Op-ed from Naked Politics: Young Scottish voices matter more than ever this election
Naked Politics amplify the views and opinions of young people, and create content about the issues young people care about across the UK through their digital platform.
Let us know what you think and join the conversation at the bottom of this article.
When it comes to young people, many view them as apolitical, or uninterested in politics, especially when it comes to voting in elections.
Whilst it’s true that young people do tend to engage less in traditional political activity, according to recent Scottish government data, 19 in 20 Scottish citizens think it’s important to vote in the 2021 elections, an increase of 15 percent since 2004.
And a significant reason so many Scots want to vote is down to young people, who are especially eager to participate .
The last few years have heavily impacted young Scottish people, from decisions made in relation to Brexit, to poor mental health, and facing the social and economic impacts of covid more greatly than older people.
Last summer there was also the rise of one of the biggest global anti-racist movements the world has ever seen, which young people were at the forefront of.
We engage young people across the UK on political issues, and platform their voices and viewpoints; this is because as a society we so rarely hear from young people and they are often excluded from political debate and decision making.
As a result, Naked Politics has worked closely with The Melting Scot, a platform that amplifies BAME (Black, Asian and Minority Ethnic) voices to find out how Scottish young people feel about the upcoming election, what their biggest concerns are and what their hopes for the future are.
For a lot of young Scots, independence is on the tip of their tongue. Yasmin Luqman, 26, from Edinburgh, argued that although independence is important: “It has to be an inclusive independence movement as we’ve shown we’re better off as being part of the EU and not part of the Union. I am not for everyone just bringing their sort of racist rhetoric, homophobia, transphobia to the independence movement - that needs to be stopped and I’ve been seeing a lot more of it lately.”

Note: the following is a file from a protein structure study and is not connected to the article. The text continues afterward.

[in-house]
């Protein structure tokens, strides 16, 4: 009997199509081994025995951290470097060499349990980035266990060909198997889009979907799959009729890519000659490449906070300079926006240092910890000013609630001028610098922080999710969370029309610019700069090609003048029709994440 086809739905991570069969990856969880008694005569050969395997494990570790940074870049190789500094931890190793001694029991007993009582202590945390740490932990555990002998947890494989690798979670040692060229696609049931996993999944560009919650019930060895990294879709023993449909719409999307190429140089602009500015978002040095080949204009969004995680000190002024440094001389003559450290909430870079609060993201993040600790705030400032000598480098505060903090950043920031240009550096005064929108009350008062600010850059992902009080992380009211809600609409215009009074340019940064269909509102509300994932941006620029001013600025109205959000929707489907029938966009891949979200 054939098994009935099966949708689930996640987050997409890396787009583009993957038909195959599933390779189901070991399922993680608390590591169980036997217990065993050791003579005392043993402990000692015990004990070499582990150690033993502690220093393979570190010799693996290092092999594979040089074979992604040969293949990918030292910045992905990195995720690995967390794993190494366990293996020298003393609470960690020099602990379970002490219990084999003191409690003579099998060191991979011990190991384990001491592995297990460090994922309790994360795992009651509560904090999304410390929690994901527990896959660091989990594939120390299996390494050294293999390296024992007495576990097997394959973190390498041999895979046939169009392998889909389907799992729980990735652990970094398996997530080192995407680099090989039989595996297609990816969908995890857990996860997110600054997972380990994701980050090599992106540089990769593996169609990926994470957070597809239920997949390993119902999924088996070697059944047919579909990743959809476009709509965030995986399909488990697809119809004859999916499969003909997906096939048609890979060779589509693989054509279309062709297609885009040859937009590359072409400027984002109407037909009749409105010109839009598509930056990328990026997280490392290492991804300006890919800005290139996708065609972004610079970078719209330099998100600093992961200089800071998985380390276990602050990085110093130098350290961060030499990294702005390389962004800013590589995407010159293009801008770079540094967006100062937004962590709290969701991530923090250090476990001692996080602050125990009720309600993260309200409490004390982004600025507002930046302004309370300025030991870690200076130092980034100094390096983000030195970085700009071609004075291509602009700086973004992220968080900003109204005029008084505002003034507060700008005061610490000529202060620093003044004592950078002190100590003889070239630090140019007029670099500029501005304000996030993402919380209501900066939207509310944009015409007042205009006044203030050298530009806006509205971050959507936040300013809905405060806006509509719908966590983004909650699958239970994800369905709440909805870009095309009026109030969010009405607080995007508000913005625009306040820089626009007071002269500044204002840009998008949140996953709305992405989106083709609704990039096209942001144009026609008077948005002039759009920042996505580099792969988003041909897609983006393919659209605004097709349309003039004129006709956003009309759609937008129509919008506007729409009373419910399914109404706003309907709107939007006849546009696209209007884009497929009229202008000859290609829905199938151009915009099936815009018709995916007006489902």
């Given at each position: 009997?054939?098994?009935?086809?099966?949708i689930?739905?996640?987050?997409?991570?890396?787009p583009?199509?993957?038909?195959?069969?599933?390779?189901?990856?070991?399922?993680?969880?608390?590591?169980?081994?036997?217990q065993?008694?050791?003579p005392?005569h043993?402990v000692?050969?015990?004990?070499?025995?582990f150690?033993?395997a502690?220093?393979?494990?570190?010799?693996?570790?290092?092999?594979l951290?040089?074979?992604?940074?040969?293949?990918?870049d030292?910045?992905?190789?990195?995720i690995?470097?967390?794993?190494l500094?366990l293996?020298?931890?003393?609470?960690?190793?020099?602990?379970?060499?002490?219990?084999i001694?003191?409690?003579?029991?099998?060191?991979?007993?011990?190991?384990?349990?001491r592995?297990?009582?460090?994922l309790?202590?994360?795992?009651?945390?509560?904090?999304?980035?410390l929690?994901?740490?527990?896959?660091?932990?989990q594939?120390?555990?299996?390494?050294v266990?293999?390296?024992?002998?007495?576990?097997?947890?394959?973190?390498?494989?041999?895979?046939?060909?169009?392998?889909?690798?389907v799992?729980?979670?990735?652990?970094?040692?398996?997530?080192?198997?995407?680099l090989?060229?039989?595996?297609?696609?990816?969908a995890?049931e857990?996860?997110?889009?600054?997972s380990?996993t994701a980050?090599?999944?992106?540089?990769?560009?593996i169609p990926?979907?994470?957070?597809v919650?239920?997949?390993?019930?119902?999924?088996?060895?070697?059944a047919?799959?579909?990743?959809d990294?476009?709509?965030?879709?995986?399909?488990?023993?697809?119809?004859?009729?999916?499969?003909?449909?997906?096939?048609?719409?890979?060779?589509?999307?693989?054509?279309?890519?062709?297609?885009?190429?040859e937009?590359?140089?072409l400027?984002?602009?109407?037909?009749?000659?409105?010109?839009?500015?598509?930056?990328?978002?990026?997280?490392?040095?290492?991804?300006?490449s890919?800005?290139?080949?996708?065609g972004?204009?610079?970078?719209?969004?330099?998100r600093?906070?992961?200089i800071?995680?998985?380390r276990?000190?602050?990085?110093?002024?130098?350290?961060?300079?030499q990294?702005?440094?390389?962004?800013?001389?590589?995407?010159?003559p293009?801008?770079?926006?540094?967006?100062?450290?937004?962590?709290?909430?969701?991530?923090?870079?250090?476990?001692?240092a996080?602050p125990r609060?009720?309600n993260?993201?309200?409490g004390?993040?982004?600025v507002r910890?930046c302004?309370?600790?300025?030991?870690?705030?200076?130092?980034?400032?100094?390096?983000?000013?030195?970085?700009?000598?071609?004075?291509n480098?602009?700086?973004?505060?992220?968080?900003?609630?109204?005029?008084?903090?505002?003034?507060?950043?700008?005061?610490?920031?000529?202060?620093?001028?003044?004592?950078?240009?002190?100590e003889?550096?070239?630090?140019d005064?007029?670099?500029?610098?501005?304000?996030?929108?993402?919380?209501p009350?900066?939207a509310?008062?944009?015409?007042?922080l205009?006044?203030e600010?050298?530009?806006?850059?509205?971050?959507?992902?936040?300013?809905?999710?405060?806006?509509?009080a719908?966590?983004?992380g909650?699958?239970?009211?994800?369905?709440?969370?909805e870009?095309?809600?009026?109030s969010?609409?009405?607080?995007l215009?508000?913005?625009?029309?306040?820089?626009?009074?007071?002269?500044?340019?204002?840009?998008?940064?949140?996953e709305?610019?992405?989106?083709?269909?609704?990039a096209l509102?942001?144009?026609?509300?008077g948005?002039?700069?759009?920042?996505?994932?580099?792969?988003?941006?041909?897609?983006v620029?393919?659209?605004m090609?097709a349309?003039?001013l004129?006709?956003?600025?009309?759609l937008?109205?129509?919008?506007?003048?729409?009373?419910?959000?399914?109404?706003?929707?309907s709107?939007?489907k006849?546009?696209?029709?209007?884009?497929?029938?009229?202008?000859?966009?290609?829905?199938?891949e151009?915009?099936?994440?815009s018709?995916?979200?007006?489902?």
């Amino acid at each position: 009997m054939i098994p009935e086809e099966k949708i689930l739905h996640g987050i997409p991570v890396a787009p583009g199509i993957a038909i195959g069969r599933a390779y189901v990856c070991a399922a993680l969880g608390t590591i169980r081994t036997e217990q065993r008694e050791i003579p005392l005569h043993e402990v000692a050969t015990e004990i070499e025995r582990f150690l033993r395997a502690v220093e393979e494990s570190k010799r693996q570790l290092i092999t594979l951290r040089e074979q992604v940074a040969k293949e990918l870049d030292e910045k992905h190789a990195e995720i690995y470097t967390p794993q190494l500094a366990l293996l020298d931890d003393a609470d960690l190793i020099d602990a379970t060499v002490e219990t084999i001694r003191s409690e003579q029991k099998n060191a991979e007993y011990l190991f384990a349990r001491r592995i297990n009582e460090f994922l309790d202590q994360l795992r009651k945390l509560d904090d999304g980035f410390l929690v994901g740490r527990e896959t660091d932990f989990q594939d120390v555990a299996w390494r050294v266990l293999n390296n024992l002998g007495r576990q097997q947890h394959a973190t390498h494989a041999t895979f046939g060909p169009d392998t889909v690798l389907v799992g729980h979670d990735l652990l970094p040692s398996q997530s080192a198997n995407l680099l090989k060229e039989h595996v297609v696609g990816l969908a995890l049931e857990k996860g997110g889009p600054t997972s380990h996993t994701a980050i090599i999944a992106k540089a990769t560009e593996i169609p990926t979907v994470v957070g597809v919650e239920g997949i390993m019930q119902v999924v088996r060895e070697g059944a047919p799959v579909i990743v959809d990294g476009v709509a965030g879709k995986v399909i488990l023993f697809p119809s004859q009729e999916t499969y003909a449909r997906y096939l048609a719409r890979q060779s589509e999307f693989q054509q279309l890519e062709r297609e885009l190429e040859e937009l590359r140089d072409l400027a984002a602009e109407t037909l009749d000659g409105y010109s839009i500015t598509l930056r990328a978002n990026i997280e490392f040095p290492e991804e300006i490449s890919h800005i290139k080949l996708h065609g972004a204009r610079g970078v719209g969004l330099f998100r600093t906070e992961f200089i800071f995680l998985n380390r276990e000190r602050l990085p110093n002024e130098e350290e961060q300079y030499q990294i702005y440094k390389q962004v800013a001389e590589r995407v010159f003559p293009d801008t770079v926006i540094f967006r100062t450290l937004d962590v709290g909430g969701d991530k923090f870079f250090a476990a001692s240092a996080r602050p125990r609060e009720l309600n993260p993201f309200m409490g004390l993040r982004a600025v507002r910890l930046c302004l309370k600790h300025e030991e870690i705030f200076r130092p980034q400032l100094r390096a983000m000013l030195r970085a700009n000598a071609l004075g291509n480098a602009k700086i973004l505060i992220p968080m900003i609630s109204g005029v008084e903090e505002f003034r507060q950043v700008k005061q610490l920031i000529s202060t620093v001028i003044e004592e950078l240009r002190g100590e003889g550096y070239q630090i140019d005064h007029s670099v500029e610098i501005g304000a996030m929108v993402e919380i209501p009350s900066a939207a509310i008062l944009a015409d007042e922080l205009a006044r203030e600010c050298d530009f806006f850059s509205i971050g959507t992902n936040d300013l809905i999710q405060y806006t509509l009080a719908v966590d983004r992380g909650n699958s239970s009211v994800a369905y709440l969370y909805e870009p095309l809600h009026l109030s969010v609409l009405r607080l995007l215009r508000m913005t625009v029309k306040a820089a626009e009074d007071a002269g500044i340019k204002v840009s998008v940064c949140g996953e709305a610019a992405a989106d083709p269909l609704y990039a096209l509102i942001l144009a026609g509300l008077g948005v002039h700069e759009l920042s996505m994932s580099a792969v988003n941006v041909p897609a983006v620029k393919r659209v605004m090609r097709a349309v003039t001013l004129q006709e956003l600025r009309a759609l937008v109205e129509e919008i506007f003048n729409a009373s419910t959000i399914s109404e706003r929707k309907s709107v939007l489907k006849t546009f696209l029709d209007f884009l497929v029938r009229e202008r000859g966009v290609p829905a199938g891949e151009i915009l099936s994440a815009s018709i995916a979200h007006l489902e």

Whilst not all were for independence, there does seem to be a general view that Westminster isn’t always an aspirational political institution.
Heather Knoxx, 18, from Linlithgow, thinks the Scottish Parliament is more unified than Westminster, she said: “I think the Scottish Parliament is kind of something to look up to. Down in Westminster there is a lot of animosity and there is a lot of anger and thinking back to things like Jo Cox. Abuse still happens here but in Westminster it is fostered within Parliament, whereas up here in general, the politicians show quite a unified front.”
They also showed a lot of interest in issues around support for refugees and asylum seekers, animal and wildlife conservation, and greater support for the NHS and other social services.
Whether you agree with young people in Scotland or not, what’s clear is they are very much invested in the future of Scotland, and are creative and imaginative about how they’d like the country to move forward.
Young Scottish voices matter, more than ever before, and we hope that they use the ballot box on Thursday to have their say.